Professor George is author of Making Men Moral: Civil Liberties and Public Morality (Oxford University Press, 1993), In Defense of Natural Law (Oxford University Press, 1999), The Clash of Orthodoxies (ISI, 2001) and Conscience and Its Enemies (ISI, 2013). He is co-author of Conjugal Union: What Marriage Is (Cambridge University Press, 2014), Embryo: A Defense of Human Life (2nd edition, Doubleday, 2011), Body-Self Dualism in Contemporary Ethics and Politics (Cambridge University Press, 2008), and What is Marriage? (Encounter, 2012). He is editor of several volumes, including Natural Law Theory: Contemporary Essays (Oxford University Press, 1992), The Autonomy of Law: Essays on Legal Positivism (Oxford University Press, 1996), Natural Law, Liberalism, and Morality (Oxford University Press, 1996), and Great Cases in Constitutional Law (Princeton University Press, 2000), and co-editor of the Cambridge Companion to Natural Law (Cambridge University Press, 2017)
Professor George’s articles and review essays have appeared in the Harvard Law Review, the Yale Law Journal, the Columbia Law Review, the University of Chicago Law Review, the Review of Politics, the Review of Metaphysics, and the American Journal of Jurisprudence. He has also written for the New York Times, the Wall Street Journal, the Washington Post, First Things, the Boston Review, and the Times Literary Supplement.
A graduate of Swarthmore College, Professor George holds M.T.S. and J.D. degrees from Harvard University and the degrees of D.Phil., B.C.L., and D.C.L. from Oxford University. He was elected to Phi Beta Kappa at Swarthmore and received a Frank Knox Fellowship from Harvard for graduate study in law and philosophy at Oxford. He holds nineteen honorary degrees, including doctorates of law, letters, ethics, science, divinity, humane letters, civil law, law and moral values, humanities, and juridical science.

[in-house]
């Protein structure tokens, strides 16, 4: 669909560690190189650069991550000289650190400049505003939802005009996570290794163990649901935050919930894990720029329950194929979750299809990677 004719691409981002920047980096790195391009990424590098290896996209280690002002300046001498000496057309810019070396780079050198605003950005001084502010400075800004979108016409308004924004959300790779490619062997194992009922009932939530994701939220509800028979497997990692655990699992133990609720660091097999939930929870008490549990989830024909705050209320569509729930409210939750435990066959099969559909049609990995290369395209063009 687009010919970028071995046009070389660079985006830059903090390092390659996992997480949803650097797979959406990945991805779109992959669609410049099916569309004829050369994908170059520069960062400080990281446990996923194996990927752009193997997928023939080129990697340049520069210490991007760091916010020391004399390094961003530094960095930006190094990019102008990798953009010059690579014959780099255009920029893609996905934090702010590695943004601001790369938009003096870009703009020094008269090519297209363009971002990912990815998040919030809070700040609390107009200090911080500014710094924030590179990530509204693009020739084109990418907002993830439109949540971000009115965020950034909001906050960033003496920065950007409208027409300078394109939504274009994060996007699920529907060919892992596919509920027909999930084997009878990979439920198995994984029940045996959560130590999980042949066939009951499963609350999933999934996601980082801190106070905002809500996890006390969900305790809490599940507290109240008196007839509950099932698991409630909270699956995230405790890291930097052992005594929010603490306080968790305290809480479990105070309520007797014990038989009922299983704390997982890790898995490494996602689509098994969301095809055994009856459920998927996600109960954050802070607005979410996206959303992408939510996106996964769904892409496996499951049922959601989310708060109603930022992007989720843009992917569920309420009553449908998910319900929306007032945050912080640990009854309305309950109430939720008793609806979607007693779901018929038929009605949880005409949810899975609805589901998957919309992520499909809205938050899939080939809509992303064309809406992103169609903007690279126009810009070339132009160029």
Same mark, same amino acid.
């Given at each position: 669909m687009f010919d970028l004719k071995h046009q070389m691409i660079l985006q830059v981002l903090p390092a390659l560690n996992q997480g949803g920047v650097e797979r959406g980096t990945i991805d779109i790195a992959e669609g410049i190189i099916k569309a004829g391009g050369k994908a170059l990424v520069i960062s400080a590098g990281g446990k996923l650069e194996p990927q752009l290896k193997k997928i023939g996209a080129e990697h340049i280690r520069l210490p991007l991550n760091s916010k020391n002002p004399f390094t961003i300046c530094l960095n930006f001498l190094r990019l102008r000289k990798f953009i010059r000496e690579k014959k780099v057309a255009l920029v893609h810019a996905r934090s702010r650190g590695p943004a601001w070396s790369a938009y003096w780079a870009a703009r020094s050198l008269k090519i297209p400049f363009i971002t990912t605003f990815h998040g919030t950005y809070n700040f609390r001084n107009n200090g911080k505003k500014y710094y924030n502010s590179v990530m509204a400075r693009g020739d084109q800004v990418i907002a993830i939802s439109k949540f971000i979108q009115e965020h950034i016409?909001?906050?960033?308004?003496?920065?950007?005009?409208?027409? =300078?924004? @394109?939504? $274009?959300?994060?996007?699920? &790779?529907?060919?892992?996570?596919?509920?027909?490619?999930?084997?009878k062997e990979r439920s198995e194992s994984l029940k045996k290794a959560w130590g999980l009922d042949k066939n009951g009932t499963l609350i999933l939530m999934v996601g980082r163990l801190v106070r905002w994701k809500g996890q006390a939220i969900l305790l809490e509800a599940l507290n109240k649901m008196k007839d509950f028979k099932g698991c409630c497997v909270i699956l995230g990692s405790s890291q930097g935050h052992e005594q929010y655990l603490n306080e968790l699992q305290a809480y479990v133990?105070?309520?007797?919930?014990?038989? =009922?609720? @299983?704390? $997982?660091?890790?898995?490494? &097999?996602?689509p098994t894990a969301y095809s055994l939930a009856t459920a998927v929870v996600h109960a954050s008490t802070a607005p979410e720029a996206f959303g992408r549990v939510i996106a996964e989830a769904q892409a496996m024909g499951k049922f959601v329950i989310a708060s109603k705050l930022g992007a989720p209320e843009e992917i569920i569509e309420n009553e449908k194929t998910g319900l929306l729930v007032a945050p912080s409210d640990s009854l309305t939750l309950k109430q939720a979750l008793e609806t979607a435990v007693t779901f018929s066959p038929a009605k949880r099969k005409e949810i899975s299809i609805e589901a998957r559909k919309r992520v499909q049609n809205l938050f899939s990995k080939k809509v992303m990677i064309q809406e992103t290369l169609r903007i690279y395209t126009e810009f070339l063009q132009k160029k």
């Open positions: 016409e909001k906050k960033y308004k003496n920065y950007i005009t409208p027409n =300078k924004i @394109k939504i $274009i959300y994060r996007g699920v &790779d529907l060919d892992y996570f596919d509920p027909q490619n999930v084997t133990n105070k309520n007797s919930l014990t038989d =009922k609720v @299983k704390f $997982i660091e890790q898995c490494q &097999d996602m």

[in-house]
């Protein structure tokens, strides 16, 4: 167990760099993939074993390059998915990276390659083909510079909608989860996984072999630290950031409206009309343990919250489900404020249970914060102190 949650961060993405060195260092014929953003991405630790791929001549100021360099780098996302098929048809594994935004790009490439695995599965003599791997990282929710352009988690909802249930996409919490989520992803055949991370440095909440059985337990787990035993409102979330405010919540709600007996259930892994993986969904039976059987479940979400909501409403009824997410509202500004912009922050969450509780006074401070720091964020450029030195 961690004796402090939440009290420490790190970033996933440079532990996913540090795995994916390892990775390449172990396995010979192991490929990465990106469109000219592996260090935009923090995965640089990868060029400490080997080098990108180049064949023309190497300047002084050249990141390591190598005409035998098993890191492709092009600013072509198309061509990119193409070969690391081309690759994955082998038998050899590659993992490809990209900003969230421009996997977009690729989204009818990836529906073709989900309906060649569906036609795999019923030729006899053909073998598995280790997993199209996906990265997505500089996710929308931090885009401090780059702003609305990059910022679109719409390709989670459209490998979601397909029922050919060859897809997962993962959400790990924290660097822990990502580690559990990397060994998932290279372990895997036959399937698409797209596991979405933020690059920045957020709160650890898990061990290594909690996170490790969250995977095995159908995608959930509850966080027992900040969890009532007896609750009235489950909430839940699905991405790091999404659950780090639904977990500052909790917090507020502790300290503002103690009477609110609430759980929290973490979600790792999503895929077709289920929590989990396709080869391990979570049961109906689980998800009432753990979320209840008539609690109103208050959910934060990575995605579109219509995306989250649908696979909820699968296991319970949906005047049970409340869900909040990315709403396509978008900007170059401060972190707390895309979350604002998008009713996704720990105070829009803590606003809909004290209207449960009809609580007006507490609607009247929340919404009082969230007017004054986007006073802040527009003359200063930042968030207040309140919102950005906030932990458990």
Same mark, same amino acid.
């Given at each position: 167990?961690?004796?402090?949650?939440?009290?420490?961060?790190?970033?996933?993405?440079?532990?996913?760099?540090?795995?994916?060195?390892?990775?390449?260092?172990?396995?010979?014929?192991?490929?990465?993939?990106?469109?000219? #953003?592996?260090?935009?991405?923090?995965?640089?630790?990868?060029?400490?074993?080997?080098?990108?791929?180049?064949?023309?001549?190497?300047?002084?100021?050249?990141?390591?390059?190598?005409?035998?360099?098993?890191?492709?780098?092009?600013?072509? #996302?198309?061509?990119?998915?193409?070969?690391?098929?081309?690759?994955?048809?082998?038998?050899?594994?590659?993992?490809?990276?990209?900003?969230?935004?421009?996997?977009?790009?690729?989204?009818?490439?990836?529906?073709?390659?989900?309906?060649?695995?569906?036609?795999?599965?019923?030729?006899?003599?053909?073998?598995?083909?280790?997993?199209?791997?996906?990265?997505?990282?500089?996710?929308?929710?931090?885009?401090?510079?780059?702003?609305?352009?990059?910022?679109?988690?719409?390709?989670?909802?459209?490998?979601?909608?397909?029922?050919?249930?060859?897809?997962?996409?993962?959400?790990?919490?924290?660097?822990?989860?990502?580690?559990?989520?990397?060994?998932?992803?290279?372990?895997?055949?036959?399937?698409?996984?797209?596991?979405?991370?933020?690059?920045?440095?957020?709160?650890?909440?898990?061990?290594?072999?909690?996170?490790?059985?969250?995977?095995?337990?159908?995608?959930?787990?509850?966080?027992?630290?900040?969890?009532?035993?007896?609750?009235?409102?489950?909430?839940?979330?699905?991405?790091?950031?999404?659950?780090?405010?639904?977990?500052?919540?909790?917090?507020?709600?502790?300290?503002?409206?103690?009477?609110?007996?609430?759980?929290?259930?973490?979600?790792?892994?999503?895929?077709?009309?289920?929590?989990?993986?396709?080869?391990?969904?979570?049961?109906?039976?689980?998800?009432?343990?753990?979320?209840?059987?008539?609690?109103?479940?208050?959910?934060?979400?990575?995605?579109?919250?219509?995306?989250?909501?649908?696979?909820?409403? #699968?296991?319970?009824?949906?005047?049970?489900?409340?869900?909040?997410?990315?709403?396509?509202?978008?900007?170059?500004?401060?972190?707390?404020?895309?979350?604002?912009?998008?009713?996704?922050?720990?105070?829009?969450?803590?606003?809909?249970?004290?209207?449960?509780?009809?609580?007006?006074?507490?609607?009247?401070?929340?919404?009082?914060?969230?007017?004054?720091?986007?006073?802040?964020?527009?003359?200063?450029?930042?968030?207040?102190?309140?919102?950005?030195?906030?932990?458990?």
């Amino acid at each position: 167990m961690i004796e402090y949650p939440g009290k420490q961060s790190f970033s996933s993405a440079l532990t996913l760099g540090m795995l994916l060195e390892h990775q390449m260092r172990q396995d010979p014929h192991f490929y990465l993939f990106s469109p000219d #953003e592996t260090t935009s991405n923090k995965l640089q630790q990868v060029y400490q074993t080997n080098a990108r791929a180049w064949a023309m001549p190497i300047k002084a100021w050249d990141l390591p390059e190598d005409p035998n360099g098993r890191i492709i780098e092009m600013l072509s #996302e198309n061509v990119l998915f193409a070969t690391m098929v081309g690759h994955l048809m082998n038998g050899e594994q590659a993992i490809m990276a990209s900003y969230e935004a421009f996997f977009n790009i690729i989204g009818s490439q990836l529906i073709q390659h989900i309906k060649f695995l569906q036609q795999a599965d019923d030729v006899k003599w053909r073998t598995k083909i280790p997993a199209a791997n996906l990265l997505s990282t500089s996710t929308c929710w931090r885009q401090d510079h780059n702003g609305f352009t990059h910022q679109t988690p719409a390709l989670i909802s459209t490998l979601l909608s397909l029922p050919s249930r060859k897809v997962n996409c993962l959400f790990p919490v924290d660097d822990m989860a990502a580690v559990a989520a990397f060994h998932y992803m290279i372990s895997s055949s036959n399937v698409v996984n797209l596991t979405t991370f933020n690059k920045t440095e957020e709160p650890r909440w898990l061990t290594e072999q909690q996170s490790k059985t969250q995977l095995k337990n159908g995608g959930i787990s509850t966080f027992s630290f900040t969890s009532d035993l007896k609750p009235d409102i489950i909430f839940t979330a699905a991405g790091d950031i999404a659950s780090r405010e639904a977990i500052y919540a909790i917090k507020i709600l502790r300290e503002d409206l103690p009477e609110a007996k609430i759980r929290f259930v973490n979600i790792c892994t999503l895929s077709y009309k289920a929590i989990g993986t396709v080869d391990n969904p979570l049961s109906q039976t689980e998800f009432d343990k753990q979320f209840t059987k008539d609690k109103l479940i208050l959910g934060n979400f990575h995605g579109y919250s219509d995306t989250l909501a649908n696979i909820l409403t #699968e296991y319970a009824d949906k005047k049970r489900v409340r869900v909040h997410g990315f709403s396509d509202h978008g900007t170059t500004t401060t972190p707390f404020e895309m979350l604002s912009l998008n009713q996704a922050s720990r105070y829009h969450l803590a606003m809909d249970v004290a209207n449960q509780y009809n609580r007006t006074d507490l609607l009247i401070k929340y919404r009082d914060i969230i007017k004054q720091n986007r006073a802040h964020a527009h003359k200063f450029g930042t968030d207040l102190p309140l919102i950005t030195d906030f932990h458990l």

He is a recipient of the United States Presidential Citizens Medal, the Honorific Medal for the Defense of Human Rights of the Republic of Poland, the Bradley Prize for Intellectual and Civic Achievement, the Philip Merrill Award of the American Council of Trustees and Alumni, the Paul Bator Award of the Federalist Society for Law and Public Policy, the Sidney Hook Award of the National Association of Scholars, a Silver Gavel Award of the American Bar Association, the Charles Fried Award of the Harvard Law School Federalist Society, the Irving Kristol Award of the American Enterprise Institute, and Princeton University’s President’s Award for Distinguished Teaching.
He has given the John Dewey Lecture in Philosophy of Law at Harvard, the Guido Calabresi Lecture in Law and Religion at Yale, the Elizabeth Anscombe Memorial Lecture in Bioethics at Oxford, the Sir Malcolm Knox Lecture in Philosophy at the University of St. Andrews in Scotland, and the Frank Irvine Lecture in Law at Cornell.
Professor George is general editor of New Forum Books, a Princeton University Press series of interdisciplinary works in law, culture, and politics. He is a member of the Council on Foreign Relations and is Of Counsel to the law firm of Robinson & McElwee.
Baylor University has named its new Washington, D.C.-based program the “Robert P. George Initiative in Faith, Ethics, and Public Policy.”
The 2019 Kenan Distinguished Lecture is cosponsored by the Duke Divinity School, Department of Religious Studies, American Program in Grand Strategy, Department of African & African American Studies, and Department of Political Science.